Millennial women want to launch global careers but companies are missing the boat by not giving them what they want. That’s one of the most interesting points I found from reading the new study by consulting firm PwC on talent pool of Millennial women, published just in time for International Women’s Day, which is tomorrow
PwC surveyed 3,900 professional, millennial-aged men and women across 23 countries for their study The Female Millennial (everyone has slightly different boundaries for this, but PwC defines Millennials as those born between 1980 and 1995, so as a group they are now aged between their early 20s and mid-30s). Some defining characteristics of Millennial women emerged. As a group they are well-educated, and as well more confident than any generation before them. Like their male counterparts, they thrive on feedback and, despite their technological competence, want it face-to-face. They want evolved workplaces and they want work-life balance – but they also want global careers and the chance to work overseas. In fact, 71 percent of the surveyed Millennial women expressed a desire to work abroad at some stage in their careers. As PWc puts it, ‘female demand for global mobility has quite simply never been higher’.
So good to know right? After all, female millennials are a large and increasingly well-educated share of new talent, so it would only be good business to attract the best and the brightest of that group. If they want to work overseas, surely it would make sense to give them that opportunity. Unfortunately, the majority of companies seem not to be connecting the dots on that one. At the moment, 80 percent of international assignments are held by men, and only 20 percent by women. Women are glum about their prospects to do more . Only 56 percent of the surveyed women believed that they had equal opportunities to undertake international assignments, and only 77 percent of men thought that women had the same opportunities that they did on that score.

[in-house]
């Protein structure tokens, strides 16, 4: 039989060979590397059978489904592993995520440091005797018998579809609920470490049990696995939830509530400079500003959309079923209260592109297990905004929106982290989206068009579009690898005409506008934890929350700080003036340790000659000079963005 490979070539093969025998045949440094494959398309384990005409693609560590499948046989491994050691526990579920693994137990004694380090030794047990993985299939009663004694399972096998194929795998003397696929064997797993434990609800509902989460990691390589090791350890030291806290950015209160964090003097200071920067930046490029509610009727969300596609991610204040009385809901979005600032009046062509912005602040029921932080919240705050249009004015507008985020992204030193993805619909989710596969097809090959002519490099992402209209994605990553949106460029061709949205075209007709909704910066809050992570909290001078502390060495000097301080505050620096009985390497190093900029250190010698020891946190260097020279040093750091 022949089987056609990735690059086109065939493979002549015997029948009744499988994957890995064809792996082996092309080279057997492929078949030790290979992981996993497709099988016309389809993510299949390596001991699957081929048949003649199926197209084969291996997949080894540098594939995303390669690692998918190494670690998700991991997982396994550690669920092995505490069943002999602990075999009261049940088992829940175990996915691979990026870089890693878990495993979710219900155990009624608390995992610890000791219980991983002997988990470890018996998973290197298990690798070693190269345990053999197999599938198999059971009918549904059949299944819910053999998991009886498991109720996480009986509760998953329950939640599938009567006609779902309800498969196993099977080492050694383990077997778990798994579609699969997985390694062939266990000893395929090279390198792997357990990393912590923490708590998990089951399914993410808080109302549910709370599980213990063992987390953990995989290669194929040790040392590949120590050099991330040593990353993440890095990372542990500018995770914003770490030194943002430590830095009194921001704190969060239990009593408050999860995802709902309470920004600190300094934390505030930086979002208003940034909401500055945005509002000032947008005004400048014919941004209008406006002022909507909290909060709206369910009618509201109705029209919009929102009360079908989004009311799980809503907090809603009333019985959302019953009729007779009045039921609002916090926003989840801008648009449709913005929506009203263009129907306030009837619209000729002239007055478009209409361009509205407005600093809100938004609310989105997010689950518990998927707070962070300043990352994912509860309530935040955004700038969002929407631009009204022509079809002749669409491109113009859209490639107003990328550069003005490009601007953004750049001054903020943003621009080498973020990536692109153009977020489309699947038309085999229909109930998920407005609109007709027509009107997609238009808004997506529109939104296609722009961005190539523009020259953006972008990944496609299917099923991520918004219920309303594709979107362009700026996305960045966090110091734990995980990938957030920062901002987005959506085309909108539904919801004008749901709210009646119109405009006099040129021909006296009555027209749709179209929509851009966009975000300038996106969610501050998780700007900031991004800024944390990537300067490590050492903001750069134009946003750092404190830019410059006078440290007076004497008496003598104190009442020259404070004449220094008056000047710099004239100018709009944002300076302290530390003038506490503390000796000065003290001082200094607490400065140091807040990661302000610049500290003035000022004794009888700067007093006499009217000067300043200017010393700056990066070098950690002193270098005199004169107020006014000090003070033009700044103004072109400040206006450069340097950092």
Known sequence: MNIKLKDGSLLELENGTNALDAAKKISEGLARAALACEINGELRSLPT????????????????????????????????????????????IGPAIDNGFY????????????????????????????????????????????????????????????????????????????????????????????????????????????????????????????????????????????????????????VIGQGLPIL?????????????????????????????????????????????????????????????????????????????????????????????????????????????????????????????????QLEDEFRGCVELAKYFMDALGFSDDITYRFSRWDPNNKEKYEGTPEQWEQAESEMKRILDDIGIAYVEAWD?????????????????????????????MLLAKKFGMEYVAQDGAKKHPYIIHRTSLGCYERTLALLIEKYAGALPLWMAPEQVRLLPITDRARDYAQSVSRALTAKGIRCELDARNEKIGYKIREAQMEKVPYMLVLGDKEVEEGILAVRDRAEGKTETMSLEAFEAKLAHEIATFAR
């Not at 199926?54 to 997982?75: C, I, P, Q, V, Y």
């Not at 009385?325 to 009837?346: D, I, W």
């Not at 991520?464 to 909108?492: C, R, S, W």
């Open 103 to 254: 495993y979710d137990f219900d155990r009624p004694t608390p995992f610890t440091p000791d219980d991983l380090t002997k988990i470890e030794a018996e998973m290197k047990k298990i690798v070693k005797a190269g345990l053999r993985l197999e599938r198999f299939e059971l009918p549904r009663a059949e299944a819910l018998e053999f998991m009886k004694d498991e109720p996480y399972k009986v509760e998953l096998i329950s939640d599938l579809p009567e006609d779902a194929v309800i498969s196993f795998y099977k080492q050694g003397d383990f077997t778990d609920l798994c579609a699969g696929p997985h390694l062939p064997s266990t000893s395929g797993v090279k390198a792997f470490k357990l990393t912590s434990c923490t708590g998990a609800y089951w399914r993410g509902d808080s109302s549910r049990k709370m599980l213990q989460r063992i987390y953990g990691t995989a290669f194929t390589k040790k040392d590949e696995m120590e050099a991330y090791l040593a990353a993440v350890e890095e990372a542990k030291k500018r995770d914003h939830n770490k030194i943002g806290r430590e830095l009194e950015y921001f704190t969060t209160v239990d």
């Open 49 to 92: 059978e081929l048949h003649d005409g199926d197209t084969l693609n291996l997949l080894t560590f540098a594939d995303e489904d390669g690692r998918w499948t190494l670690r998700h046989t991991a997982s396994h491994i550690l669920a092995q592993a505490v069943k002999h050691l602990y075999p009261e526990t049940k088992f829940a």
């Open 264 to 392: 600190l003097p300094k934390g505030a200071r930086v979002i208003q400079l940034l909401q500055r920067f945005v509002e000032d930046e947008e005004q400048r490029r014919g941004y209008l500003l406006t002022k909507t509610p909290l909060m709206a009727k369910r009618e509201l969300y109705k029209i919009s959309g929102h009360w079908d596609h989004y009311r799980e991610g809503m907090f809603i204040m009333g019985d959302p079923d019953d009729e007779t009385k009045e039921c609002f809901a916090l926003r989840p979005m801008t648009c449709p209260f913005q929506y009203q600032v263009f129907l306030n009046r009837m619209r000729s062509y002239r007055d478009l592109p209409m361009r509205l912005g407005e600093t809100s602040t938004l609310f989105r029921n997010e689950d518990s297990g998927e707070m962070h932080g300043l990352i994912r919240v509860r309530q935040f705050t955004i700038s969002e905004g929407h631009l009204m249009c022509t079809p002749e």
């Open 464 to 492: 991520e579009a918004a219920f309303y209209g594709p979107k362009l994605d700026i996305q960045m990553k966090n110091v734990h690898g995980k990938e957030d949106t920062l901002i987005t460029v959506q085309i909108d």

So what’s the problem? PwC calls it an ‘outdated view’ that say it is easier to move men than women. That boils down to the belief that women’s careers are usually the secondary ones so women who are part of couples in particular would be reluctant to move. For the professional women surveyed by PwC who were part of a couple, that would seem not to be the case. Of that group of Millennials, 42 percent earned a salary equal to their partner, and almost one quarter (24 percent) earned more. That means that just one third of the women surveyed earned less than their partner.
That the earnings power of professional women compared to men is so high internationally should not be a surprise. After all, we know that for years women have been increasing their educational attainment relative to men. That women in professional jobs who work full time are earning as much as their partners only makes sense. PwC did not go as far as asking young men whether they would be willing to relocate for their partner, but at the very least it apparently makes economic sense in many cases.
Global careers are not for everyone, but apparently they are something Millennial women want to at least consider. If companies want to attract and retain the best talent, perhaps it is time for them to consider giving them women what they want.